Computer-mediated communication (CMC) is another way in which people can develop relationships. Technology is seen as a medium that connects people, who would otherwise be strangers, through shared interests or cultures. The Internet has been thought to broaden the way people communicate and build relationships by providing a medium in which people could be open-minded and unconventional and circumvent traditional limitations like time and place. Before social media and online dating sites, strangers communicated with each other through pen-pal organisations or face-to-face in public locations. With the influx of CMC and the advancement of technology, strangers can decide whether they will invest time in and develop a relationship based on information that is provided in a profile. When someone sees that a person included a similar interest to them in their profile, the uncertainty becomes reduced and the two strangers utilise CMC to connect over their shared interests.
As time has progressed, the stigma around online dating has reduced significantly and more research on SPT and CMC is being done. When engaging in a new relationship through CMC, there are some missing elements and nonverbal cues, which increases the uncertainty in the relationship. With the prominent use of online dating services, relationship development has changed. Before CMC influenced relationships, couples solely relied on face-to-face interactions, nonverbal cues, and first impressions to decide if they would continue to develop the relationship further. The introduction of CMC in romantic relationships has added an element for all parties to consider when beginning their relationships.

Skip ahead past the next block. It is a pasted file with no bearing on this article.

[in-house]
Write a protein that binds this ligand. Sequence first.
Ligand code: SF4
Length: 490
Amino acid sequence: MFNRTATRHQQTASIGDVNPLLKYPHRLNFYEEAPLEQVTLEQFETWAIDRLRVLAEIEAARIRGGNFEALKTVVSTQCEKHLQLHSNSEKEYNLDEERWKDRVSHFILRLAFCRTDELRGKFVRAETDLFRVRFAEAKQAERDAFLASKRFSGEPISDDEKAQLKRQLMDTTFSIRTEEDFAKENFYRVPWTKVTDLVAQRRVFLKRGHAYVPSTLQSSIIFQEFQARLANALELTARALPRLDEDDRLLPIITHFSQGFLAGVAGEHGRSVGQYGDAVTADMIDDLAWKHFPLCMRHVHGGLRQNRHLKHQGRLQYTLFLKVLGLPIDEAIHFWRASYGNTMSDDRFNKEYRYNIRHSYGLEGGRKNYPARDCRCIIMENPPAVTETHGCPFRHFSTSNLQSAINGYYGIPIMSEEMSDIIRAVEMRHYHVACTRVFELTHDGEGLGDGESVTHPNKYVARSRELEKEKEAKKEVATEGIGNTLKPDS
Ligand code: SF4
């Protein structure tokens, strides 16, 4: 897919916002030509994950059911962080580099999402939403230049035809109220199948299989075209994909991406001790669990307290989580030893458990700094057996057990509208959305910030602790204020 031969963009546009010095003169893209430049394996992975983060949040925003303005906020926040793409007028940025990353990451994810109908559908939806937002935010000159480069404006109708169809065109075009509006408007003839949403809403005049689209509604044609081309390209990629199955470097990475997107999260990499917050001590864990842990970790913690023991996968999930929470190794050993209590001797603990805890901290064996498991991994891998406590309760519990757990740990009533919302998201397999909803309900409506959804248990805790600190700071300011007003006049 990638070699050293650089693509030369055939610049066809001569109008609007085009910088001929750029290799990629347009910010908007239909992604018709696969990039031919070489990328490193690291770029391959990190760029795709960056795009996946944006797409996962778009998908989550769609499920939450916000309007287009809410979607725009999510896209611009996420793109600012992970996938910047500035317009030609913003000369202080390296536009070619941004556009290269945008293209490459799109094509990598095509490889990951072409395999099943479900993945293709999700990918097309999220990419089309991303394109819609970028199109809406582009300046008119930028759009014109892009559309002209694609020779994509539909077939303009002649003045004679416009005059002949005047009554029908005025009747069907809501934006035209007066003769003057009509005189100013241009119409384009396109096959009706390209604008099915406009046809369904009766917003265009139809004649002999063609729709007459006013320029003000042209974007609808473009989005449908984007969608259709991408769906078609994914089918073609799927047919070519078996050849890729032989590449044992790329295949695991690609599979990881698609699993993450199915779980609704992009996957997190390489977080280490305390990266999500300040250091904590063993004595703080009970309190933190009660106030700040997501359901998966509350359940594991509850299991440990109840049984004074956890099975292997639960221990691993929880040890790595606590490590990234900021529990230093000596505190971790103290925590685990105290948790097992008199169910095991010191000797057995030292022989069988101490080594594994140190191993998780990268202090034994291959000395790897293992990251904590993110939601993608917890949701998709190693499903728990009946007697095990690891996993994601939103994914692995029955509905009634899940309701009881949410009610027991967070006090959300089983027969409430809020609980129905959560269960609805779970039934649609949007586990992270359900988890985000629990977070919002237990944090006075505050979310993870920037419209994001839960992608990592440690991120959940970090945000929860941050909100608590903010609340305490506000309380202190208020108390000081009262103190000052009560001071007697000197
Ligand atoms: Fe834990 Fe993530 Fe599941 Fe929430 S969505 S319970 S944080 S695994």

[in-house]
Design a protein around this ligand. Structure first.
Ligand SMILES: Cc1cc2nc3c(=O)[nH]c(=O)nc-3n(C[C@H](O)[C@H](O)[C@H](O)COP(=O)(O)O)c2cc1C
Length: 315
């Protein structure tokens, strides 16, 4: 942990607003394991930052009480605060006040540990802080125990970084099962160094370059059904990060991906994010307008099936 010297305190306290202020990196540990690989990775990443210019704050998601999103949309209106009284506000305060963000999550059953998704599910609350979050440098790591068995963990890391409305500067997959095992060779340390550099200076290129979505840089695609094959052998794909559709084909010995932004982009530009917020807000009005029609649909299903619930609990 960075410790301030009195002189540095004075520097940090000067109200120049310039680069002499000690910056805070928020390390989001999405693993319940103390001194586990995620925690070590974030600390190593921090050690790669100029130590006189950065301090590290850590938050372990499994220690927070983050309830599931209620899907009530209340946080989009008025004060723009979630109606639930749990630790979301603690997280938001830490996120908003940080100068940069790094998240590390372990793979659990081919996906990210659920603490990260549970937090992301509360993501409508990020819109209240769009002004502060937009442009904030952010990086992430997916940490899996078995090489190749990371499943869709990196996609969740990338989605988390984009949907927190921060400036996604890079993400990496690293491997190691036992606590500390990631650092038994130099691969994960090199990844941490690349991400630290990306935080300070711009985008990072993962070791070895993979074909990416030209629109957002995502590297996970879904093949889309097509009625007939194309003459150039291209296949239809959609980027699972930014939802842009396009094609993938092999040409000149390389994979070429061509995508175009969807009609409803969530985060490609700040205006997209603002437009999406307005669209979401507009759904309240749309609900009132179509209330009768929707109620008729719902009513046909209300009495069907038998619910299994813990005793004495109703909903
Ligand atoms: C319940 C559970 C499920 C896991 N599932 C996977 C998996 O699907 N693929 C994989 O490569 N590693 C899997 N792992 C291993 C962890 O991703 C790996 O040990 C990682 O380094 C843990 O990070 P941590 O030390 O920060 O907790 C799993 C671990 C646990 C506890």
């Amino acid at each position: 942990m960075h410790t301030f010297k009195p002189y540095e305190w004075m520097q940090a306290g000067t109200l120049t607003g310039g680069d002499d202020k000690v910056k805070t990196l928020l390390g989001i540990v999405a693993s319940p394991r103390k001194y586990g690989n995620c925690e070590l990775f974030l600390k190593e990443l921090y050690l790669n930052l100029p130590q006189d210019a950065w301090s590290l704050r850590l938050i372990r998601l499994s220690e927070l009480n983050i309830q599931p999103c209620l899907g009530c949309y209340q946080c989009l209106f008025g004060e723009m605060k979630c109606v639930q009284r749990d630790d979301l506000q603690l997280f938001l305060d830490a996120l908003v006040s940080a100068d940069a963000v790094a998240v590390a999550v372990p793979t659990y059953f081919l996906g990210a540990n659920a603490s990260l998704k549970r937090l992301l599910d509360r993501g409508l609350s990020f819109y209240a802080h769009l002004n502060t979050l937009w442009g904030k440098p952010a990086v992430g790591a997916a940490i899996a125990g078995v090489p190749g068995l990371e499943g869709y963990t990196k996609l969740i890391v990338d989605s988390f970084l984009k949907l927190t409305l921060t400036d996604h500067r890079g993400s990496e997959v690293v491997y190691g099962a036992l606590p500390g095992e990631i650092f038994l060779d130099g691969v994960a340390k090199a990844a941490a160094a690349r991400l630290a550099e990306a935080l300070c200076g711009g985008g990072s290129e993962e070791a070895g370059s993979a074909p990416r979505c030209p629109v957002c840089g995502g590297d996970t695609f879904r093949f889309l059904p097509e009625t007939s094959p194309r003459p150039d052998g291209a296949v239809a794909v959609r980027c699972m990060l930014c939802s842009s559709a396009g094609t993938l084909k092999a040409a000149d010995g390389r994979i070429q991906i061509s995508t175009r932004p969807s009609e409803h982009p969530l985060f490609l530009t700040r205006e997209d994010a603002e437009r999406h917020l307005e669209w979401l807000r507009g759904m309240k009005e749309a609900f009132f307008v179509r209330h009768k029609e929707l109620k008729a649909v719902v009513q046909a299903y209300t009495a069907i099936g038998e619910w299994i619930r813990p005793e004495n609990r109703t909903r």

Some researchers found that self-disclosure online tends to reassure people that if they are rejected, it is more likely to be by strangers and not family or friends, which reinforces the desire to self-disclose online rather than face-to-face. Not only are people meeting new people to make friends, but many people are meeting and initiating romantic relationships online. In another study, it was found that “CMC dyads compensated for the limitations of the channel by making their questions more intimate than those who exhibited face-to-face”.
Celebrities’ Self-Disclosure on Social Media
On social media, the boundaries between interpersonal and mass communication is blurred, and parasocial interaction (PSI) is adopted strategically by celebrities to enhance liking, intimacy, and credibility from their followers. “During PSI, people interact with a media figure, to some extent, as if they were in an actual interpersonal relationships with the target entity.” For celebrities, professional self-disclosure (e.g. information about upcoming events) and personal self-disclosure such as emotions and feelings are two primary ways to cultivate illusory intimacy with their followers and to expand their fan bases. Unlike real-life interpersonal relationships, disclosure reciprocity is not expected in parasocial interactions, although through imagined interactions on social medias, followers feel they are connected to the media figures.
Self-disclosure has been studied when it comes to face-to-face interactions. There have been surveys conducted about how social networking sites such as Facebook, MySpace, Twitter, LinkedIn, hi5, myyearbook, or Friendster affect interactions between human beings. On Facebook, users are able to determine their level and degree of self-disclosure by setting their privacy settings. People achieve breadth by posting about their lives and sharing surface information, and develop intimate relationships with depth by sending private Facebook messages and creating closed groups.